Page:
Carboy's Or Fermenting Buckets? Why Use One Over The Other? Carboy

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DU99

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why is it a hassle..cleaning use napisan overnight,fermenting using some glad wrap,dispensing easy
 

CONNOR BREWARE

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The carboy gives great viewing but its dangerous, I still wouldn't do without it.
My fermenters, plastic, are great as well and move around easily. But of course they are plastic and have bigger openings and more areas to clean.

Both have a place for my brews.
 

manticle

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Glass:

Suitable for long term aging
Easier to clean/sanitise (or at keast more stable - get an infection in plastic and it's better to throw it away than risk it again)
Transparent

Plastic:

Cheap
Replaceable (because it's cheap)
Usually comes with taps or the means to attach one.
Copes with boiling water and being dropped

Both have merits and I have and use both for different beers/purposes. Anything that requires ageing gets racked from plastic to glass.
 

Blueweb

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Du99 what I'm trying to ask is what are the advantages of using a carboy over a fermenting bucket?
 

jakethesnake559

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Hi Bluewebbrewer,

I like using glass carboys because you can see exactly what's happening during fermentation.
To clean you can just soak with Five Star PBW or any other cleaner...make sure you rinse it well.
Without a tap, you will have to syphon to get the beer out.

So if you aren't comfortable with syphoning, go the plastic type.
But you mention bucket, so you are probably planning to syphon anyway?

My 2c worth :) ...but both will ferment beer.
 

Blueweb

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I actually use a coopers fermenting bucket with a spigot tap so no need for syphoning, I was just curious because I have only ever seen and used the fermenting buckets and was checking out a YouTube vid and one was being used so I did a bit of research and found out what they were, also a lot of people use them for secondary fermentation?
 

pk.sax

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Plastic buckets/drums etc are not impervious to air penetration.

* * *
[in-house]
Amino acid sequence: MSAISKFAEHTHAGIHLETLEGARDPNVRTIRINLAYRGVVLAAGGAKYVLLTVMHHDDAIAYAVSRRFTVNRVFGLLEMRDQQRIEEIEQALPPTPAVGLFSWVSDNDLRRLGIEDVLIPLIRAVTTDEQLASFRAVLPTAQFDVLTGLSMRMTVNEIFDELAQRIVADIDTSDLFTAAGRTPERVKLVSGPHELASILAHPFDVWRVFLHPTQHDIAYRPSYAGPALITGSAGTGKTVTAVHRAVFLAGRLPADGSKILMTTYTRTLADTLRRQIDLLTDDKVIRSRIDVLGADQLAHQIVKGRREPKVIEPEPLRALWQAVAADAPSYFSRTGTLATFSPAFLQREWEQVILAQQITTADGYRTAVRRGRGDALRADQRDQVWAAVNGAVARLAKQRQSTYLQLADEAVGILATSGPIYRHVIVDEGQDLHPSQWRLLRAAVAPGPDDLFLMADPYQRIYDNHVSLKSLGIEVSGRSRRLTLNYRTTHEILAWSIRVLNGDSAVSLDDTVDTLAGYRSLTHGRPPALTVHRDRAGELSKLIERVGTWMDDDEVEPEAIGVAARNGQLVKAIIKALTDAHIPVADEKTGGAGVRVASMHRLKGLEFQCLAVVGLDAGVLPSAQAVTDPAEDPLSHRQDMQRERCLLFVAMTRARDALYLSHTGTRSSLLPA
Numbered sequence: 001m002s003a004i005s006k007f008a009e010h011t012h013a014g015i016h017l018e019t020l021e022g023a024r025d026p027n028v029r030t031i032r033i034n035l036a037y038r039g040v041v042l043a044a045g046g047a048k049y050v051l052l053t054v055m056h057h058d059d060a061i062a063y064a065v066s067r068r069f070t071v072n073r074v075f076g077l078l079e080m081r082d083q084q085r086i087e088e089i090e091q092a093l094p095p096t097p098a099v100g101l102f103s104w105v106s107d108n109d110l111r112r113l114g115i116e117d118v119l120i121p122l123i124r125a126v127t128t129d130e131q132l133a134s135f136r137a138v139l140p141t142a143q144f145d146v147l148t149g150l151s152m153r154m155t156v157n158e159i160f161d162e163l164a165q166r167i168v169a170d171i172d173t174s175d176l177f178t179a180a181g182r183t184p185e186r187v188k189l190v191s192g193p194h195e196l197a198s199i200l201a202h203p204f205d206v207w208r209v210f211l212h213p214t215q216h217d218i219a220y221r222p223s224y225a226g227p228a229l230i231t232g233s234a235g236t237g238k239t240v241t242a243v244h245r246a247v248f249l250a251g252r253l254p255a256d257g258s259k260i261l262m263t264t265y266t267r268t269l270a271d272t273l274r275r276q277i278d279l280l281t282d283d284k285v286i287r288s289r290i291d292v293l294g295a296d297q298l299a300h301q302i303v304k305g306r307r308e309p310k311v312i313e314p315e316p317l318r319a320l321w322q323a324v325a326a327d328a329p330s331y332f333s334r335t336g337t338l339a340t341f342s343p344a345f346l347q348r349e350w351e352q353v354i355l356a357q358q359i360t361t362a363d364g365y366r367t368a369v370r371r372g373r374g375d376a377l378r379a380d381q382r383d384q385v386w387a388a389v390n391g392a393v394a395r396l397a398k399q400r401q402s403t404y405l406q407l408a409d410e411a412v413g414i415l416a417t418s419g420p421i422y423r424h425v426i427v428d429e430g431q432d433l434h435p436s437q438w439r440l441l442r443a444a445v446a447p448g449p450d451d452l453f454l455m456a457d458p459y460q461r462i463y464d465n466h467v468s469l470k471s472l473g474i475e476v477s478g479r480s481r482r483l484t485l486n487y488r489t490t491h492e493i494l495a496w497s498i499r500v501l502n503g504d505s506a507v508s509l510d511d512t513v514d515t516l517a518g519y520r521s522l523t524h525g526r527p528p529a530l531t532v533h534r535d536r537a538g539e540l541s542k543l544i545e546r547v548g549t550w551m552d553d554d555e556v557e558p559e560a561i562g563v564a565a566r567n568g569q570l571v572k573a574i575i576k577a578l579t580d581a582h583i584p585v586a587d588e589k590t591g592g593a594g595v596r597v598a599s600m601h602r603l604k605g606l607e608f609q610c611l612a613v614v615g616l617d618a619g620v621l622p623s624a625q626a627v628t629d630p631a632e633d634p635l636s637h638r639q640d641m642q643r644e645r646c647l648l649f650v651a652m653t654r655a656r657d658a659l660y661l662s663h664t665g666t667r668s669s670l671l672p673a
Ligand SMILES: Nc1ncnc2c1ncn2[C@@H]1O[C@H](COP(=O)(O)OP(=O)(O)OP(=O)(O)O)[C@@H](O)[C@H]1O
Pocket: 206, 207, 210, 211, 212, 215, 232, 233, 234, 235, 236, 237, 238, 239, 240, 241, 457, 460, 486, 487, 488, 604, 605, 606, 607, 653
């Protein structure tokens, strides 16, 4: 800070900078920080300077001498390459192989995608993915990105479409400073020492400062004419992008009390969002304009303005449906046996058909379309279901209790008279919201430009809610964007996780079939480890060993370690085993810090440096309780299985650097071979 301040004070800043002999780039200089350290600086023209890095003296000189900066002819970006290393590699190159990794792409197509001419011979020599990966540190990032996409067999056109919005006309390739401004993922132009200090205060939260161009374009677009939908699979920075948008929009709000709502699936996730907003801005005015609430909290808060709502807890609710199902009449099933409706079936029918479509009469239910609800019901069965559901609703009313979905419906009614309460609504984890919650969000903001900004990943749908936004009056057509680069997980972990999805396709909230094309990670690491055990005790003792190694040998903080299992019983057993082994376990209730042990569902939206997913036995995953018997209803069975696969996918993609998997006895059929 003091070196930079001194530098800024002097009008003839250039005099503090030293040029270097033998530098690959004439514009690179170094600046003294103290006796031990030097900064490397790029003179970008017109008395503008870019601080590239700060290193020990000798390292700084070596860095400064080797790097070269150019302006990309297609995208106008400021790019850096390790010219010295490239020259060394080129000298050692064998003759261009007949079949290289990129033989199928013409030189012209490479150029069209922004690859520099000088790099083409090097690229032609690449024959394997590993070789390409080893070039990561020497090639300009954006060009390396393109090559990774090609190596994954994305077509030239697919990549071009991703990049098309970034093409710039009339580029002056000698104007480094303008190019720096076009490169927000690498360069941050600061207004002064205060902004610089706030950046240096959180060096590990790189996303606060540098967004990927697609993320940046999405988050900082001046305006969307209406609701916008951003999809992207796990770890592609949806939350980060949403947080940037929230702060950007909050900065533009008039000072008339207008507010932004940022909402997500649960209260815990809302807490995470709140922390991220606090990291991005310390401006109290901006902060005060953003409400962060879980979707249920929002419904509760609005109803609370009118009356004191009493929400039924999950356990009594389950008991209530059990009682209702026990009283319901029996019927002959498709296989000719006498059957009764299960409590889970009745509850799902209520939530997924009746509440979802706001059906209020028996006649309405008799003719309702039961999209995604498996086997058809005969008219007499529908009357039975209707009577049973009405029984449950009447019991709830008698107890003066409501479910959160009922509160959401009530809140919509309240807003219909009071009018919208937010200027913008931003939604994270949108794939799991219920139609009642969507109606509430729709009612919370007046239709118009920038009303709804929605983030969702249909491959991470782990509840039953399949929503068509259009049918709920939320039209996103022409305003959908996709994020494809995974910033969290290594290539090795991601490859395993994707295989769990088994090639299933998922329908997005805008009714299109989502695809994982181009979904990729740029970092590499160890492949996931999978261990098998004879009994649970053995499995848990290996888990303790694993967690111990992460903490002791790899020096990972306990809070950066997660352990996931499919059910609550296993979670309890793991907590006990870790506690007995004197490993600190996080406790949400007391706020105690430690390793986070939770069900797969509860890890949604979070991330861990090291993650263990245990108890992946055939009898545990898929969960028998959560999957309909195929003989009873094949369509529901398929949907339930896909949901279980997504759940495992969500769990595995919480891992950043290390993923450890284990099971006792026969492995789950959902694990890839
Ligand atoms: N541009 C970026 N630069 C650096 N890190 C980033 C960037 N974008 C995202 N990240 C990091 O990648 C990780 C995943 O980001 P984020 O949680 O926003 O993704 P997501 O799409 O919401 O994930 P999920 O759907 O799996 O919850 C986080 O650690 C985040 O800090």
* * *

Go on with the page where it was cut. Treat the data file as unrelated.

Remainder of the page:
So, 2 things happen. Long term storage in those will cause beer to stale. That's easy to imagine.
Also, storing under pressure in them long term will be ineffective due to the carbonation loss through porous plastic walls.

Besides that, glass is far easier to clean without risking scratches.

This means beer kept for longer aging/secondary is preferably kept in glass/steel. Also, beer brewed with more than just brewers yeast is also preferably brewed in glass as it can be more effectively sanitised than plastic can be.

Rest is aesthetics.
 

jakub76

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Plastic is porous, glass carboys are not. Air (and therefor oxygen) permeates plastic.

Plastic scratches easier than glass. Bacteria like Brett- or Pedio- can live inside those scratches, or even in the pores of the plastic. So glass is easier to sanitize.

Obviously there are logistical reasons that make plastic fermenters more practical - cost, weight, ease of cleaning, bounciness etc.

I have always used plastic with good results though most agree it should be retired every few years or if you find you have a run of infections (touch wood).
 

Blueweb

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Ok so glass seems like the logical step if you are worried about infection?! So 316 stainless sheet metal sounds like it would be perfect to make a fermenter! Lucky I'm a boilermaker lads! Think I'll have to add a sheet of stainless to my next job order!

But in all seriousness it sounds like plastic is just fine for me as an amateur hobby brewer at the moment.
 

pk.sax

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Absolutely is. Dam boilermakers! Access to all that stuff... n bling n skills!

Look towards steel or glass only when you decide to brew Belgians that have souring bacteria or any high gravity beers that need aging in bulk. Then again, rather spend that money on steel corny kegs!